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End grain cutting board from scraps

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Project by Jeremymcon posted 08-07-2018 08:11 PM 791 views 1 time favorited 13 comments Add to Favorites Watch

My scraps are starting to build up, and I hate throwing all that wood out, so I put this end grain cutting board together from all cherry, maple, walnut, and mahogany scraps I could salvage. I even managed to use some really short scraps, as short as 3”,by running them through my planer glued to a longer scrap.

I leveled the board with my planer also – glued a piece of scrap to the back of it, and took very light passes. My planer takes 1/16th off per turn of the handle, and I probably turned the handle about 16 times to make one full turn. Very light passes. Worked great, with no chipout to anything but the backer board, which I removed after planing.

Sanded to 1000 grit, then wet the board and knocked back the raised grain until it stayed smooth – took 4 cycles of wetting and sanding.

I also don’t have a table saw – just a bandsaw – which made this a bit more challenging. I ended up using my shooting board and a plane to square up some edges where I needed to splice together shorter pieces.

Finished with mineral oil, followed by mineral oil and beeswax blend as a top coat.





13 comments so far

View Andre's profile

Andre

1960 posts in 1890 days


#1 posted 08-07-2018 08:32 PM

Just one question, was that pattern deliberate?

-- Lifting one end of the plank.

View ralbuck's profile

ralbuck

4844 posts in 2350 days


#2 posted 08-07-2018 08:46 PM

Very pretty. I really like the undercut look too.

Also a great “rescue” too.

-- Wood rescue is good for the environment and me! just rjR

View Jeremymcon's profile

Jeremymcon

278 posts in 764 days


#3 posted 08-07-2018 08:52 PM



Just one question, was that pattern deliberate?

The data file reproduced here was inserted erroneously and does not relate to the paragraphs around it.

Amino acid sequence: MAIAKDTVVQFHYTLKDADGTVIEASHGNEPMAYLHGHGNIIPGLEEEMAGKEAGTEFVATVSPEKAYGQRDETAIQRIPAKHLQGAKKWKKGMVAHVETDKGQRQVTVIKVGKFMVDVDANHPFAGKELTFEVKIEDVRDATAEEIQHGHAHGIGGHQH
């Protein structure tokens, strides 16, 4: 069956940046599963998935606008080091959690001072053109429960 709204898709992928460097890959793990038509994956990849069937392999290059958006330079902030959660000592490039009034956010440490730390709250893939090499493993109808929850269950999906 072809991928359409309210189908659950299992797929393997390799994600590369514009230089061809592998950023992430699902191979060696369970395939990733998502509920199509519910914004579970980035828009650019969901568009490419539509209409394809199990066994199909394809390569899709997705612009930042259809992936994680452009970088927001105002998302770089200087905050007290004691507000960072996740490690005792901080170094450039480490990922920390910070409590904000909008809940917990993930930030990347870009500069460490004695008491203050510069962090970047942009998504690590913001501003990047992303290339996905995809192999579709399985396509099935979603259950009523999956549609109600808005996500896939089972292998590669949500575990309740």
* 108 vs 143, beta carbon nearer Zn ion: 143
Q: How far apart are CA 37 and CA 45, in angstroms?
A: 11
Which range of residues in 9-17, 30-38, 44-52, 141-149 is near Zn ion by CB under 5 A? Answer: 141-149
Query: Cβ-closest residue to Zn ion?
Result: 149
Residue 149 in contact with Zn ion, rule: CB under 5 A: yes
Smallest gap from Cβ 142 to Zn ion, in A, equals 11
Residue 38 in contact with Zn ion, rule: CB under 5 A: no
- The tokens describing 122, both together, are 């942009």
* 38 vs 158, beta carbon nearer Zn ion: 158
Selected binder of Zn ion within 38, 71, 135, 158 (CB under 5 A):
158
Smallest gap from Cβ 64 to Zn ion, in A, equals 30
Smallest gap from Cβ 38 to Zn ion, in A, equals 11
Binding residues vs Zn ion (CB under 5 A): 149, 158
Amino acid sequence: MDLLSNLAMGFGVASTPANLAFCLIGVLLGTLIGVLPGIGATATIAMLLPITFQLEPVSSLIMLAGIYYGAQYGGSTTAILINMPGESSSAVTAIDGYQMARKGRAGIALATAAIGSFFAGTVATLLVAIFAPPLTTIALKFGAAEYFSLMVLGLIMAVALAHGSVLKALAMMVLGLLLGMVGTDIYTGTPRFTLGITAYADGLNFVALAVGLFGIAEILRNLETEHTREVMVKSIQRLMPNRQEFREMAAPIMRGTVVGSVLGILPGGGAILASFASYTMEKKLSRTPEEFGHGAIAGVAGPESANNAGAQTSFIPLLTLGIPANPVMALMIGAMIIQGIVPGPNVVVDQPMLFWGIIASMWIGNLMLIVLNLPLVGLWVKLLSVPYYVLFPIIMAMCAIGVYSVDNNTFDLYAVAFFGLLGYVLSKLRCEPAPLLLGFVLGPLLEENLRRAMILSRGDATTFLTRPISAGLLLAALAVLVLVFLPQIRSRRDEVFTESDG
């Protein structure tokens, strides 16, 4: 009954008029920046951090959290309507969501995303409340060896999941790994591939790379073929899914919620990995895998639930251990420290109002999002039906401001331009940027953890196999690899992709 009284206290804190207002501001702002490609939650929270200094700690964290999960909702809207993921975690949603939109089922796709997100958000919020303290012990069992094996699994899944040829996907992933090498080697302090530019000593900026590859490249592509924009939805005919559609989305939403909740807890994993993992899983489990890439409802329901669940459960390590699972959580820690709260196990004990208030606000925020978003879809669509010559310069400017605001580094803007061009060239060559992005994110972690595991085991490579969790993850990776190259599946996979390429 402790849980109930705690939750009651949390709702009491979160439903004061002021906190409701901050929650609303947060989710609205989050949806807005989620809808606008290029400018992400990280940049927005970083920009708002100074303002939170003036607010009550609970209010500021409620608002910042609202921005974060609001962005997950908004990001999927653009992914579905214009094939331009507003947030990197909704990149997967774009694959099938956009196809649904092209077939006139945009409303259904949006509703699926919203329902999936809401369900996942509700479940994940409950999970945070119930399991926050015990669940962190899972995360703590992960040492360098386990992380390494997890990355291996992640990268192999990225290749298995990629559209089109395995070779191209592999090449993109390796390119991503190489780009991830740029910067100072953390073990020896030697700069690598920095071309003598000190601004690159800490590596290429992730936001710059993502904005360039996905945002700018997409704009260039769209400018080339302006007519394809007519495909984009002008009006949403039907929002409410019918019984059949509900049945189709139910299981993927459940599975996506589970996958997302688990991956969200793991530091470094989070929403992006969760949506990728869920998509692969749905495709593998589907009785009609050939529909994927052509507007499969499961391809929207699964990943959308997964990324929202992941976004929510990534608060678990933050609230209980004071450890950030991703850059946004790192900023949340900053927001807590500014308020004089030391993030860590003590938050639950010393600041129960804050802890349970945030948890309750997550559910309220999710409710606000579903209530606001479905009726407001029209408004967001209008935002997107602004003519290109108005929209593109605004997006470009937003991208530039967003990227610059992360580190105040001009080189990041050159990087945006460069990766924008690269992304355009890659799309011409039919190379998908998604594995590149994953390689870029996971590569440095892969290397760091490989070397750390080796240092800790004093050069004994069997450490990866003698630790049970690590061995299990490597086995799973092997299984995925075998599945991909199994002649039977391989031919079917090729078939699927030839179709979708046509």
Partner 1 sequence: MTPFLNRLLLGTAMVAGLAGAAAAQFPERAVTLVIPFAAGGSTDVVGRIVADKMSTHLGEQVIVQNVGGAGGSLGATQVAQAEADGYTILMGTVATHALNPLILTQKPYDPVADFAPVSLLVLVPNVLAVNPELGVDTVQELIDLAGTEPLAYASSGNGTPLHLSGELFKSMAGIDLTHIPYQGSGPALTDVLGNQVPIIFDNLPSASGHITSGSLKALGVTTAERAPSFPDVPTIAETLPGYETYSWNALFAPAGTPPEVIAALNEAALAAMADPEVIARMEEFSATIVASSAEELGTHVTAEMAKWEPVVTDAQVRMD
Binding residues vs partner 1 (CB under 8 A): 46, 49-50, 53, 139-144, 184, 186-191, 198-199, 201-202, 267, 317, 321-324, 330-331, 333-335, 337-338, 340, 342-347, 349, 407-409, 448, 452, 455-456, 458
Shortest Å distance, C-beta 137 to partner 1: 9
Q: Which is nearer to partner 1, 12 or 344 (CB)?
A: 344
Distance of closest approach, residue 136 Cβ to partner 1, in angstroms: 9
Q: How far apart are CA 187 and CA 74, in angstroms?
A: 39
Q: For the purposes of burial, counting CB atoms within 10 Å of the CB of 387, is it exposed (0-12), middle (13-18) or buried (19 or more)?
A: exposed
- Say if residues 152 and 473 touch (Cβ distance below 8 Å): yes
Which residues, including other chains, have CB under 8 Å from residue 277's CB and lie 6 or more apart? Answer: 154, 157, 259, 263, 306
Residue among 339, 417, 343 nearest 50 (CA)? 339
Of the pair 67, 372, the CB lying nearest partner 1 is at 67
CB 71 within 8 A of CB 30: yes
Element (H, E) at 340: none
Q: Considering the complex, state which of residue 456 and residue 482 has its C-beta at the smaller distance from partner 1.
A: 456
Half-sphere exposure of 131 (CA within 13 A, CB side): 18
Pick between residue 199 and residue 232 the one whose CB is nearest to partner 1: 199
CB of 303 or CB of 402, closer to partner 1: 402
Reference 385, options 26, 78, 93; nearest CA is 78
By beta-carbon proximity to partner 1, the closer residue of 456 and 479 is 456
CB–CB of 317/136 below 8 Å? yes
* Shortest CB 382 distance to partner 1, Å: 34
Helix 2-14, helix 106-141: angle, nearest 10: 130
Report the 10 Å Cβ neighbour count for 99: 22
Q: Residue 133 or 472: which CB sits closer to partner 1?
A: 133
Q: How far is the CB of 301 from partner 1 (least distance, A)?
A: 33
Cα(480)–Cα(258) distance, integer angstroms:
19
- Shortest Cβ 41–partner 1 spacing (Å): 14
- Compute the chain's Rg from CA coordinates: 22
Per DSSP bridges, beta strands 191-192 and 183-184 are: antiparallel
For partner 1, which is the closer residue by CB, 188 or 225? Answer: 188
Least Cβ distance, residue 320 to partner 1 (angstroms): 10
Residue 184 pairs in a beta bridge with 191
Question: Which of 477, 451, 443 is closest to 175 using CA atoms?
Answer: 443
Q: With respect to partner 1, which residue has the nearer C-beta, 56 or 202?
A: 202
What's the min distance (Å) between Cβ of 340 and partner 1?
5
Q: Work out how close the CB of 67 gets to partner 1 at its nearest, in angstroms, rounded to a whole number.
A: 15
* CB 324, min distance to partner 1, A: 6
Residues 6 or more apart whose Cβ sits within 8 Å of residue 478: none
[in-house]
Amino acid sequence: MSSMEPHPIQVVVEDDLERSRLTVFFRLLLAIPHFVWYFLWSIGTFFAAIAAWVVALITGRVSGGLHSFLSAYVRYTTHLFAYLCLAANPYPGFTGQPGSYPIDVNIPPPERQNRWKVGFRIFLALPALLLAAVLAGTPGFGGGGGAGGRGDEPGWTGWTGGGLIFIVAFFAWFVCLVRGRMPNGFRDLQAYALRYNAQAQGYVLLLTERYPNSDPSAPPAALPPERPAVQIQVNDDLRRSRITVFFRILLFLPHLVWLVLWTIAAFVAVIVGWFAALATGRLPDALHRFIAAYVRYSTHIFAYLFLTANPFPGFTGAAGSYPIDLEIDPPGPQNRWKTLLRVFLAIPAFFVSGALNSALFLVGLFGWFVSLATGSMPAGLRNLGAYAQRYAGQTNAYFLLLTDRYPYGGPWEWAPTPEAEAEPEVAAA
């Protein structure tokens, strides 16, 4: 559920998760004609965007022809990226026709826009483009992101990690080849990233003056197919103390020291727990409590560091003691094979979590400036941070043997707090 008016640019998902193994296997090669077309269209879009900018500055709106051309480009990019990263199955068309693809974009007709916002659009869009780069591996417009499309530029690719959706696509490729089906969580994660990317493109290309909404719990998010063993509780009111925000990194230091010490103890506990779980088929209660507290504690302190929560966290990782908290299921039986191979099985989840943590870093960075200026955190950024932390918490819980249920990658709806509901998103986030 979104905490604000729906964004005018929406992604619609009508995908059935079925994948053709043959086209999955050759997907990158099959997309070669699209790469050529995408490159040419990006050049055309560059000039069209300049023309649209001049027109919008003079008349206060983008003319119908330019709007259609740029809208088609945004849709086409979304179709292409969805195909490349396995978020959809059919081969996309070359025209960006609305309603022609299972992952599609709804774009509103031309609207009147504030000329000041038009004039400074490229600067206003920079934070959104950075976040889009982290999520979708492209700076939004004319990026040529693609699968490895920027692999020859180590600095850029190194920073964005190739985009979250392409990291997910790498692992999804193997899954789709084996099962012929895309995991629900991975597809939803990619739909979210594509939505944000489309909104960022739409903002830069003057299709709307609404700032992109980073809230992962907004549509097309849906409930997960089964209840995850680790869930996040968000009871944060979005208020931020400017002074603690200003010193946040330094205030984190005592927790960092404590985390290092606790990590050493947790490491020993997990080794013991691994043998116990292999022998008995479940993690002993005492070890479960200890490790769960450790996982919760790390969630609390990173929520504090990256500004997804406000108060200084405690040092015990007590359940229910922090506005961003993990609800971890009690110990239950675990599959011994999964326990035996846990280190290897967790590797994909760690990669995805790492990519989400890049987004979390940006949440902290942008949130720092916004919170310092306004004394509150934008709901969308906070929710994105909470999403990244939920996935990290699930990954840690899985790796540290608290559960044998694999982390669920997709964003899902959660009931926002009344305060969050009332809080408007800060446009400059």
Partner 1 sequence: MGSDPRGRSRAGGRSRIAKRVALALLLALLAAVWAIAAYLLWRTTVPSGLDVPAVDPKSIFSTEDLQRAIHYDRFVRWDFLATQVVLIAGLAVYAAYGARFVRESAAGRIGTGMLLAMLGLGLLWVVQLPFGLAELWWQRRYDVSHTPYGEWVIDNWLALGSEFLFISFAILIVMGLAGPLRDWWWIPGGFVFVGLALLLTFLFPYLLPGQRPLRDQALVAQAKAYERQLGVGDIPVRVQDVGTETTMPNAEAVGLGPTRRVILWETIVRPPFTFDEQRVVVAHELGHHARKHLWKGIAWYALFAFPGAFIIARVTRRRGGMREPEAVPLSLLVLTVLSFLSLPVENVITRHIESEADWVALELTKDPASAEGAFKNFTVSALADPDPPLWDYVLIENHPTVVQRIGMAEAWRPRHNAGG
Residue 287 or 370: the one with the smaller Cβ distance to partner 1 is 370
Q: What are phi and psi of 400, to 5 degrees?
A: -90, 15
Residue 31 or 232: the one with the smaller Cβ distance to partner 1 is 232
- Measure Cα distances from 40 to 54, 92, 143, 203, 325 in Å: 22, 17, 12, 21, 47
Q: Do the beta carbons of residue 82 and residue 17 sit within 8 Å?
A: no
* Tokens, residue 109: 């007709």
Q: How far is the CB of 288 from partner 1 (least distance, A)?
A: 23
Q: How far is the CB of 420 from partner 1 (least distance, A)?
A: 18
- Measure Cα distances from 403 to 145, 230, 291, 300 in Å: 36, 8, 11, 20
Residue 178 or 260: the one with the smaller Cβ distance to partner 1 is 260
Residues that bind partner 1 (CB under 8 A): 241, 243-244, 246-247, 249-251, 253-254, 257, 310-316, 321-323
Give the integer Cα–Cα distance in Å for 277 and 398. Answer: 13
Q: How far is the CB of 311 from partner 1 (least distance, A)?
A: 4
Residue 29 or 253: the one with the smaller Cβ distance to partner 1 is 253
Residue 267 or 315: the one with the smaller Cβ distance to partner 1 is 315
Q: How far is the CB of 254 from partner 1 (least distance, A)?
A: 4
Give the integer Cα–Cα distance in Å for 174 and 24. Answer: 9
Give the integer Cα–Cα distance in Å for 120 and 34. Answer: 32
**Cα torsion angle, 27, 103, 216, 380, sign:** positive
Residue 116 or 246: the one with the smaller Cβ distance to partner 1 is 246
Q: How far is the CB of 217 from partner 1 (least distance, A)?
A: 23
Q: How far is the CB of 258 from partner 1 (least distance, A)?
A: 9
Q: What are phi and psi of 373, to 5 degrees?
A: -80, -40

- Andre

Not at all. I sort of arranged them in a pleasantly random pattern, with sort of an even distribution of colors, but that was it.

View Jeremymcon's profile

Jeremymcon

278 posts in 764 days


#4 posted 08-07-2018 08:53 PM



Very pretty. I really like the undercut look too.

Also a great “rescue” too.

- ralbuck

Thanks! I wasn’t sure how else to make it easy to pick up without carving hand holds into it somehow.

View therealSteveN's profile

therealSteveN

914 posts in 658 days


#5 posted 08-07-2018 09:57 PM

Nice board, and no wasted scraps, good job.

I assumed TS or router table with a big honkin router to spin a bit large enough to do that chamfer. Cut on the BS with the table tilted?

-- Think safe, be safe

View Jeremymcon's profile

Jeremymcon

278 posts in 764 days


#6 posted 08-07-2018 10:57 PM



Nice board, and no wasted scraps, good job.

I assumed TS or router table with a big honkin router to spin a bit large enough to do that chamfer. Cut on the BS with the table tilted?

- therealSteveN

Yup! Bandsaw with a tilted table. Then cleaned it with a plane and a sander. I couldn’t get the bevel quite perfect enough to leave a nice crisp facet, which is why the line is a bit soft. Rounded it over with the sander.

View BurlyBob's profile

BurlyBob

5841 posts in 2349 days


#7 posted 08-07-2018 11:42 PM

A really delightful and awesome looking cutting board. Very well executed.

View oldrivers's profile

oldrivers

1379 posts in 1651 days


#8 posted 08-08-2018 12:38 AM

Very Nice board. Excellent use of wood scraps.

-- Soli Deo gloria!

View John's profile

John

1205 posts in 1354 days


#9 posted 08-08-2018 05:42 AM

Nice job Jeremy, I will try the wetting and sanding on my next set of boards.

-- John, Sunshine Coast, BC, Canada.

View majuvla's profile

majuvla

12678 posts in 2951 days


#10 posted 08-08-2018 05:52 AM

Nice shape and especialy that edge curve.

-- Ivan, Croatia, Wooddicted

View Jeremymcon's profile

Jeremymcon

278 posts in 764 days


#11 posted 08-08-2018 11:55 AM



Nice job Jeremy, I will try the wetting and sanding on my next set of boards.

- John

I recommend it! Definitely seems to work. I also do that if I sand spoons that I carve. If I leave a knife finish there isn’t any fuzziness. Same is true for hand planed surfaces – they don’t fuzz up when you wet them.

View McaroJCC's profile

McaroJCC

12 posts in 11 days


#12 posted 08-08-2018 04:29 PM

I really like the downward bevel on the edges. Nice job.

BTW, what is the final thickness? Looks beefy.

-- MCaro, St. Charles, MO

View Jeremymcon's profile

Jeremymcon

278 posts in 764 days


#13 posted 08-08-2018 05:10 PM



I really like the downward bevel on the edges. Nice job.

BTW, what is the final thickness? Looks beefy.

- McaroJCC

Yea, it’s a little on the thick side! Lol
Final thickness is 1 7/8”. Plus it had rubber feet on the bottom making it another 1/4” taller.

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